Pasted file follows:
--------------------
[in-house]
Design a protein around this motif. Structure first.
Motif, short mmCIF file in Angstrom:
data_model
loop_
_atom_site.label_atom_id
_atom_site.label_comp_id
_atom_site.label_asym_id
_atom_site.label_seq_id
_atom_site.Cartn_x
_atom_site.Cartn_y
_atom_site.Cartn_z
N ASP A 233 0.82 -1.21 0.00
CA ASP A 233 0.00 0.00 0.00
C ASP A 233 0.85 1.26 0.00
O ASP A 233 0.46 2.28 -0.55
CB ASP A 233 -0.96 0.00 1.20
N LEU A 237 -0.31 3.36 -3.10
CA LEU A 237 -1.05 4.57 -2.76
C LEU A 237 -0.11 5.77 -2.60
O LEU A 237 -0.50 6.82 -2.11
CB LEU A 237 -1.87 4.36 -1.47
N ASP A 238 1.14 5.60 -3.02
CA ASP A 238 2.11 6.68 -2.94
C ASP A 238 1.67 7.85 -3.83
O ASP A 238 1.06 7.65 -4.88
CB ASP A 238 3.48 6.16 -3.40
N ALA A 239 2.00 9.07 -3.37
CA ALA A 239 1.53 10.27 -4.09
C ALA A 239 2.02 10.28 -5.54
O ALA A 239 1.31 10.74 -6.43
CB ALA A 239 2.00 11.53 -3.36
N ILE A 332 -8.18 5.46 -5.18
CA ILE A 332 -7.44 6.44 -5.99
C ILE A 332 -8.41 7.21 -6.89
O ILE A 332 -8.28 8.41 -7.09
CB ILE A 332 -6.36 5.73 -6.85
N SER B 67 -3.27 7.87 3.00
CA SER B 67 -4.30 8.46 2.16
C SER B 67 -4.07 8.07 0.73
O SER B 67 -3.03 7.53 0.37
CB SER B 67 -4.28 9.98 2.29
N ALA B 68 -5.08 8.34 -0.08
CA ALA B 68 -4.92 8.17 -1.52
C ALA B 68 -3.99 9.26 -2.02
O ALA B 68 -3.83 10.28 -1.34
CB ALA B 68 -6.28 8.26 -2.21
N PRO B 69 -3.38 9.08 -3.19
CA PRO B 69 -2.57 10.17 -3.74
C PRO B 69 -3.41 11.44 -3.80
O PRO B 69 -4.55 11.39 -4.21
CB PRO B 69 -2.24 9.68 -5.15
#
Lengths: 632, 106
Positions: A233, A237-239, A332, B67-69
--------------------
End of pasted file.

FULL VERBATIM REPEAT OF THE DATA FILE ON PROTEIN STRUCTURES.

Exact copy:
[in-house]
Design a protein around this motif. Structure first.
Motif, short mmCIF file in Angstrom:
data_model
loop_
_atom_site.label_atom_id
_atom_site.label_comp_id
_atom_site.label_asym_id
_atom_site.label_seq_id
_atom_site.Cartn_x
_atom_site.Cartn_y
_atom_site.Cartn_z
N ASP A 233 0.82 -1.21 0.00
CA ASP A 233 0.00 0.00 0.00
C ASP A 233 0.85 1.26 0.00
O ASP A 233 0.46 2.28 -0.55
CB ASP A 233 -0.96 0.00 1.20
N LEU A 237 -0.31 3.36 -3.10
CA LEU A 237 -1.05 4.57 -2.76
C LEU A 237 -0.11 5.77 -2.60
O LEU A 237 -0.50 6.82 -2.11
CB LEU A 237 -1.87 4.36 -1.47
N ASP A 238 1.14 5.60 -3.02
CA ASP A 238 2.11 6.68 -2.94
C ASP A 238 1.67 7.85 -3.83
O ASP A 238 1.06 7.65 -4.88
CB ASP A 238 3.48 6.16 -3.40
N ALA A 239 2.00 9.07 -3.37
CA ALA A 239 1.53 10.27 -4.09
C ALA A 239 2.02 10.28 -5.54
O ALA A 239 1.31 10.74 -6.43
CB ALA A 239 2.00 11.53 -3.36
N ILE A 332 -8.18 5.46 -5.18
CA ILE A 332 -7.44 6.44 -5.99
C ILE A 332 -8.41 7.21 -6.89
O ILE A 332 -8.28 8.41 -7.09
CB ILE A 332 -6.36 5.73 -6.85
N SER B 67 -3.27 7.87 3.00
CA SER B 67 -4.30 8.46 2.16
C SER B 67 -4.07 8.07 0.73
O SER B 67 -3.03 7.53 0.37
CB SER B 67 -4.28 9.98 2.29
N ALA B 68 -5.08 8.34 -0.08
CA ALA B 68 -4.92 8.17 -1.52
C ALA B 68 -3.99 9.26 -2.02
O ALA B 68 -3.83 10.28 -1.34
CB ALA B 68 -6.28 8.26 -2.21
N PRO B 69 -3.38 9.08 -3.19
CA PRO B 69 -2.57 10.17 -3.74
C PRO B 69 -3.41 11.44 -3.80
O PRO B 69 -4.55 11.39 -4.21
CB PRO B 69 -2.24 9.68 -5.15
#
Lengths: 632, 106
Positions: A233, A237-239, A332, B67-69